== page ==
High school is hard enough. Imagine having to keep a secret that can change your twin’s life.
Sixteen-year-old twins, Stella and Peter, move cross-country with their parents to start fresh and leave their former life behind. Will the past determine their future, or will they finally get their happy ending?
– – – – – – – – – – – – – – – – – – – – – – – – – – – – – – – – – –
Peter and Stella may be twins, but individually their struggles are one of a kind. Peter wasn’t always Peter. And Stella misses who he used to be –her sister Petra. From the outside, they seem like two kids just trying to find their way at a new school, but behind closed doors they deal with the emotional baggage from the past they’ve yet to unpack. Beauty queen Mom counts Stella’s every calorie rather than deal with Peter’s transition. And even though Dad supports Peter’s true self, he’s blind to seeing Stella for who she really is. She just wants to be a teenage girl known for anything other than her sibling. Meanwhile, with a skin-tight binder around his chest, and desperation to be one of the guys, Peter feels like he’s suffocating. All this, just to have his outside match his inside–and simply be. If anyone learns their secret, the family’s sacrifice of moving to California will have been for nothing.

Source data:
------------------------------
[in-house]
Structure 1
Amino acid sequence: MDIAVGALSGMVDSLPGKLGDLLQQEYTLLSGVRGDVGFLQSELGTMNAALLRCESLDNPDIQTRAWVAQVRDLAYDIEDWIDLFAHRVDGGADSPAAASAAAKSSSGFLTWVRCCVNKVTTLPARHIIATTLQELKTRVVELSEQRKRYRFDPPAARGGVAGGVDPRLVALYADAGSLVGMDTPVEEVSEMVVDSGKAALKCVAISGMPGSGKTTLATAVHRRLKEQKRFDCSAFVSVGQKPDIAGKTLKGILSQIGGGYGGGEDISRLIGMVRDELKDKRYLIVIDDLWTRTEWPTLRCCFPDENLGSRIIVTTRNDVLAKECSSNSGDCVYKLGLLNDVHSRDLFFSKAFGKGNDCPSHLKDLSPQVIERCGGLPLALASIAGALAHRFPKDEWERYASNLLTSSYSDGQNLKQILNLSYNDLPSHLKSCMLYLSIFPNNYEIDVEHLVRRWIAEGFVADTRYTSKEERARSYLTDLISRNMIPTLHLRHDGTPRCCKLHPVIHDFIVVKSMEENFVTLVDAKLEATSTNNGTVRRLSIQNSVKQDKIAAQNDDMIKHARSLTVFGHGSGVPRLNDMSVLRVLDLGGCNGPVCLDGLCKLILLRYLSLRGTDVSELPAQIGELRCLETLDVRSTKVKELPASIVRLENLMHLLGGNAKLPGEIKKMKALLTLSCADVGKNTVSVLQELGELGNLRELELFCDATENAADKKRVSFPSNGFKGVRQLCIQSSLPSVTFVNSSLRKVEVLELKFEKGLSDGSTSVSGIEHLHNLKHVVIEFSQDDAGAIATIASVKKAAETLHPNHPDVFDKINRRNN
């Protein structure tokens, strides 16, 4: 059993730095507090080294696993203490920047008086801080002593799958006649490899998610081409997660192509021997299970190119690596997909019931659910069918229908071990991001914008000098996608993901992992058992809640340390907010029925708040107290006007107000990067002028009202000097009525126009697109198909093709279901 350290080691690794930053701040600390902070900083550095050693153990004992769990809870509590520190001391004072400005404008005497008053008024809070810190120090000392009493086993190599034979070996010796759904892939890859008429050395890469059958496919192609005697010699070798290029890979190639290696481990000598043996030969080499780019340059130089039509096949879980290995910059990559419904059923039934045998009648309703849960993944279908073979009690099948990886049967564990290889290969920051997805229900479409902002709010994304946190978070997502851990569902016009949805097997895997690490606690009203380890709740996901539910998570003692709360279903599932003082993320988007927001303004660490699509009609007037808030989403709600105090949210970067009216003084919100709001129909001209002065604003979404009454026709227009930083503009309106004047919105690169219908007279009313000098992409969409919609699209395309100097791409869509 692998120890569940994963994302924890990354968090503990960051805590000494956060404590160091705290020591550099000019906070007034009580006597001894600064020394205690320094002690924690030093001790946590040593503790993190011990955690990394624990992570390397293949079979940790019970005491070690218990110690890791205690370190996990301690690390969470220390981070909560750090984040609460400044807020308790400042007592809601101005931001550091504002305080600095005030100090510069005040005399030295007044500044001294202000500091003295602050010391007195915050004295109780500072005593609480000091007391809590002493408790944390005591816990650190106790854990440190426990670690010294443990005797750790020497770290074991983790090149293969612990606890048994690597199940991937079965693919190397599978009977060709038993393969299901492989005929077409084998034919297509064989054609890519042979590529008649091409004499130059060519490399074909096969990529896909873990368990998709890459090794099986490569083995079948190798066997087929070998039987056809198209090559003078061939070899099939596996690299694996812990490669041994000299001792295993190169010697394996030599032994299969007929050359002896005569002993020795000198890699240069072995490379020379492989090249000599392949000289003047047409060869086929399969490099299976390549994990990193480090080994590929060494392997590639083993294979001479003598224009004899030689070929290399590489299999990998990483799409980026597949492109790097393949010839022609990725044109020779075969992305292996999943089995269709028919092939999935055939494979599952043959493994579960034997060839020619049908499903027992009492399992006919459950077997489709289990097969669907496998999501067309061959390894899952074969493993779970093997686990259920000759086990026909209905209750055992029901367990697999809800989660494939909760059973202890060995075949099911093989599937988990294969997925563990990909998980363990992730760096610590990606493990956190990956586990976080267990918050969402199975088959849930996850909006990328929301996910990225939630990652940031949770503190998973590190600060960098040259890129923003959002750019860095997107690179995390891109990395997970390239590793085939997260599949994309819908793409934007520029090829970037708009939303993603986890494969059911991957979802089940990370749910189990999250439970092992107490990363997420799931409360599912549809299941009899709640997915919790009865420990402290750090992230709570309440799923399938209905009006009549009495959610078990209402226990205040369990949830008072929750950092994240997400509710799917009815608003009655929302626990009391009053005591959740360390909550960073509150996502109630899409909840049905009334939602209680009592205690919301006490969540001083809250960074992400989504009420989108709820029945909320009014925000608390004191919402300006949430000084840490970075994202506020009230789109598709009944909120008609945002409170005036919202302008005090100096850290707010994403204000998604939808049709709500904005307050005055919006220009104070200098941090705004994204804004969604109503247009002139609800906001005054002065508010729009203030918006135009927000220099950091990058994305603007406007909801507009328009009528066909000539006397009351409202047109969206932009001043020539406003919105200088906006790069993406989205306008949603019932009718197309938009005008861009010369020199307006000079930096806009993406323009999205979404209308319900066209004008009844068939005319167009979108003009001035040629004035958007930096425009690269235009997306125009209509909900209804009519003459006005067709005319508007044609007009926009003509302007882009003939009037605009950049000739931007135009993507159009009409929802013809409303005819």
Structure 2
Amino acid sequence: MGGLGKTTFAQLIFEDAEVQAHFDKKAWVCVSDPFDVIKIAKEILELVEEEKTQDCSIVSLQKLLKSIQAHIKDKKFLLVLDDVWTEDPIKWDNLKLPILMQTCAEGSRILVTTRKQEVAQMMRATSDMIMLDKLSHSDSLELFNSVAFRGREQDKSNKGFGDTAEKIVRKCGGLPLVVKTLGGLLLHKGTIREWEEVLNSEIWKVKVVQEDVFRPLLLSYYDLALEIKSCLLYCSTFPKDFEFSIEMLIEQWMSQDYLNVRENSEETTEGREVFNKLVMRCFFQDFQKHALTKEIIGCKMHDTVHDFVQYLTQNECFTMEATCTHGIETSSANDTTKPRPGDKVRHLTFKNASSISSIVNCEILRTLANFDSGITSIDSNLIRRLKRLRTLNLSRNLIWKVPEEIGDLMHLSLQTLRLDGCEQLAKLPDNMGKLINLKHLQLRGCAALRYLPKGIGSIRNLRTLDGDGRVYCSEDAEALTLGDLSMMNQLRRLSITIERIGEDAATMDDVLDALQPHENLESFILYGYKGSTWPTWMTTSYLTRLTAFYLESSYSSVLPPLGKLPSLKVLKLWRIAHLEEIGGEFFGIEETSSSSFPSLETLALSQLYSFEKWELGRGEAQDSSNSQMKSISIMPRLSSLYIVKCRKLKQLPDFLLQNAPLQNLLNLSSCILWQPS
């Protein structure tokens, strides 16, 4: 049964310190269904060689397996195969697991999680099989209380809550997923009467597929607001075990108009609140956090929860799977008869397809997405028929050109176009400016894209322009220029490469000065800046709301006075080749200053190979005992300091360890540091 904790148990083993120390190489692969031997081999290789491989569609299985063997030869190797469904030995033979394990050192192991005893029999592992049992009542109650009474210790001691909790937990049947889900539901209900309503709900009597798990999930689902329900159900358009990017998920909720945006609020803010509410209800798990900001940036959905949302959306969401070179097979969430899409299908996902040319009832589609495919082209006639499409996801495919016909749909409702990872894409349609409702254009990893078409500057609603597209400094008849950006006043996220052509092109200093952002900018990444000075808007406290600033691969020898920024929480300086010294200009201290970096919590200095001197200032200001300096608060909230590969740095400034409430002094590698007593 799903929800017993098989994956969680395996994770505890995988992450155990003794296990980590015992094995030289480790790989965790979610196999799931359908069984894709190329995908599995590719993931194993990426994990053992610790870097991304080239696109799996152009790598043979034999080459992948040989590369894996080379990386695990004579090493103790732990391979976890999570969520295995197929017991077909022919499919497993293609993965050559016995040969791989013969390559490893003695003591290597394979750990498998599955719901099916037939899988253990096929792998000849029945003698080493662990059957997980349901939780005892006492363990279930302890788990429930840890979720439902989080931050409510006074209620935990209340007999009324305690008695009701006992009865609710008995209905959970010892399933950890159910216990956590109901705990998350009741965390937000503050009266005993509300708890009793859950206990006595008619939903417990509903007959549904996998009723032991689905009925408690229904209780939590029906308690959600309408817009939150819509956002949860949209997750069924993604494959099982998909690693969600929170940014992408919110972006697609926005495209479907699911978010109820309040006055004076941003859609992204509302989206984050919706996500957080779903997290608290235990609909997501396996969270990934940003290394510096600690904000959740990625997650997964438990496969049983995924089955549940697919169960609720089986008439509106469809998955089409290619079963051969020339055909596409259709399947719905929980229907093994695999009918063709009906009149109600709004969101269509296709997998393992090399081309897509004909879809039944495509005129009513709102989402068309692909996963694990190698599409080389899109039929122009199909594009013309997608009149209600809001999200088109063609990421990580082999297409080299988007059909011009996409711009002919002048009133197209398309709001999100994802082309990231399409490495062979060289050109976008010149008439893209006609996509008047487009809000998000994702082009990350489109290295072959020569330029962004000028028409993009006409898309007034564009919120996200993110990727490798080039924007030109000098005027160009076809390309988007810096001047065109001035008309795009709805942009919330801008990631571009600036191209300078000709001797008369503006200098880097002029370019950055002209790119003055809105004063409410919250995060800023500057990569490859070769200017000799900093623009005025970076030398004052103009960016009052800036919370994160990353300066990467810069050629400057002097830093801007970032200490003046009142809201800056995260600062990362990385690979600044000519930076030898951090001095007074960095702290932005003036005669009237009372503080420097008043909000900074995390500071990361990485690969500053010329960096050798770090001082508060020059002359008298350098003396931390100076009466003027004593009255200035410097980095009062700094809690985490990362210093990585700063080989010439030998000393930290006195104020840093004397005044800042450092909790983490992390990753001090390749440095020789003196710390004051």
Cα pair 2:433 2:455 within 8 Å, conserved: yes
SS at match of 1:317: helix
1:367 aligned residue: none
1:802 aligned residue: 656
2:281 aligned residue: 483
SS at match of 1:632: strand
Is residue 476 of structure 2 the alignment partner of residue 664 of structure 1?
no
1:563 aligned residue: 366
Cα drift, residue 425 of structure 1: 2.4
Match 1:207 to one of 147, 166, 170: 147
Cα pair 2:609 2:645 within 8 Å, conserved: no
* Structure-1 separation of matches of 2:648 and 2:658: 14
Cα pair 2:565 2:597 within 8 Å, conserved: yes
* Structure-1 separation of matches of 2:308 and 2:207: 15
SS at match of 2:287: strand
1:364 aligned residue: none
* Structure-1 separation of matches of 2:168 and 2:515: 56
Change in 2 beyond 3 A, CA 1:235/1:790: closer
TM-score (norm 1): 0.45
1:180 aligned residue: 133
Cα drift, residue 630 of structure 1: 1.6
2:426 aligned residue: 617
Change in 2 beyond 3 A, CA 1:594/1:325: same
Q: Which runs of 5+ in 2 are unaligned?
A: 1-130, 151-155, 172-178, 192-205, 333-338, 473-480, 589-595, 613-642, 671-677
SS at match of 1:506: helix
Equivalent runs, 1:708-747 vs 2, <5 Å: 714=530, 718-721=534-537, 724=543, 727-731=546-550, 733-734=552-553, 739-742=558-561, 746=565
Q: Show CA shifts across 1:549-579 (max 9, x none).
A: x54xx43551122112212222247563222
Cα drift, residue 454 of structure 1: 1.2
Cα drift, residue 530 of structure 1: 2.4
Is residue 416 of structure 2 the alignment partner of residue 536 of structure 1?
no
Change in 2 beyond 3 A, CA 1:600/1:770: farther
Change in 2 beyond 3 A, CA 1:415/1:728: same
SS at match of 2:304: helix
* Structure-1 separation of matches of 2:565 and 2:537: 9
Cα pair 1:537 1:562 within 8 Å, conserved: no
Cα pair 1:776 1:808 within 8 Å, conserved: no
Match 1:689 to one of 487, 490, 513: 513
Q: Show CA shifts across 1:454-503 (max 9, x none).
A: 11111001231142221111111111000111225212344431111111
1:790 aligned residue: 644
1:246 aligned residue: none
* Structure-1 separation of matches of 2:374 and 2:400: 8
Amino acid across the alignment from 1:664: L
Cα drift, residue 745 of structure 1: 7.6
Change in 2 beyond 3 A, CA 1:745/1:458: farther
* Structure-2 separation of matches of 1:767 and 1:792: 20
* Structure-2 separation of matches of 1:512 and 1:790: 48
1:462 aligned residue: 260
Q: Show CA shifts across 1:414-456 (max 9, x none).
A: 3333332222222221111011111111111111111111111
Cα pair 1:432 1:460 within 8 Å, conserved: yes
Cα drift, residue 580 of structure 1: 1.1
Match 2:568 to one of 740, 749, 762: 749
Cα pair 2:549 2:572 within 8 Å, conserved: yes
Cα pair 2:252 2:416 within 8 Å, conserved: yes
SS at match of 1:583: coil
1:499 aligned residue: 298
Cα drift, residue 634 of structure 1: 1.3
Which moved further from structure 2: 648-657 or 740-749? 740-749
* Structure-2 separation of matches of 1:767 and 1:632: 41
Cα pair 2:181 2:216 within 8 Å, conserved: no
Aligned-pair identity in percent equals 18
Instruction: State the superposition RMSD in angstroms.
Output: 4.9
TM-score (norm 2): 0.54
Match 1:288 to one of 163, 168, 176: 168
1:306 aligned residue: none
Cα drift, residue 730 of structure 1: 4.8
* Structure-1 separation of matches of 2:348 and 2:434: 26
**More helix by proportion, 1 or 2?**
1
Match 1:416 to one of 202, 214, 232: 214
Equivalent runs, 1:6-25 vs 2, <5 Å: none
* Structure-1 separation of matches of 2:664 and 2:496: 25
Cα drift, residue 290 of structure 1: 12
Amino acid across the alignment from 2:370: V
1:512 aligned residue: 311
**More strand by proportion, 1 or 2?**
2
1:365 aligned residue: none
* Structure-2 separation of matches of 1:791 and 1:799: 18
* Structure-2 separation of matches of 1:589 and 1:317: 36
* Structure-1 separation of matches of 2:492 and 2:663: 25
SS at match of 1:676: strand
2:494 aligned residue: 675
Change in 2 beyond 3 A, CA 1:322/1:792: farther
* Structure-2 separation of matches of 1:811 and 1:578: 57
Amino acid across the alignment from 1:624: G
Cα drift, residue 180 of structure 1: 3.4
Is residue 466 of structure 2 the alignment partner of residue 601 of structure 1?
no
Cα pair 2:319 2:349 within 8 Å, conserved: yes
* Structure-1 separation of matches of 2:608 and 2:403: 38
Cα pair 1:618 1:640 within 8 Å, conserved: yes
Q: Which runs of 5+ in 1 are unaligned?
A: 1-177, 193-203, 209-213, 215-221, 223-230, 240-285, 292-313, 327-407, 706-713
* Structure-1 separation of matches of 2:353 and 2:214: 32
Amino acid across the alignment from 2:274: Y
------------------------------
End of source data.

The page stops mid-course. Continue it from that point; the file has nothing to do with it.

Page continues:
Brimming with a rollercoaster of emotion and unwavering hope, Two Truths and a Guy is a heartfelt coming of age story that touches us with the power of loyalty, the need for acceptance, and the importance of living our truth.
My thoughts: this was a really good read, discussing serious issues around gender and sexuality but with enough lightness and general teen drama to stop it feeling heavy and “issues” ridden, which can be off-putting and feel more like a lecture.
Stella and Peter have allowed themselves to drift apart, from being super close to struggling to talk, both have been dealing with a lot, mostly around Peter’s transition and all that ensued back in Pennsylvania. Moving to California didn’t change that, you take your problems with you if you don’t deal with them. Their lack of communication leaves them without the other’s support when they need it most. Luckily they’re able to finally talk, and write, and build a new start.
The people around them, the genuine friends they’ve made, help them through all of this struggle and I really liked the way even Peter’s basketball coach had his back, it was great to see adults being supportive too.
*I was kindly gifted a copy of this book in exchange for taking part in the blog tour but all opinions remain my own.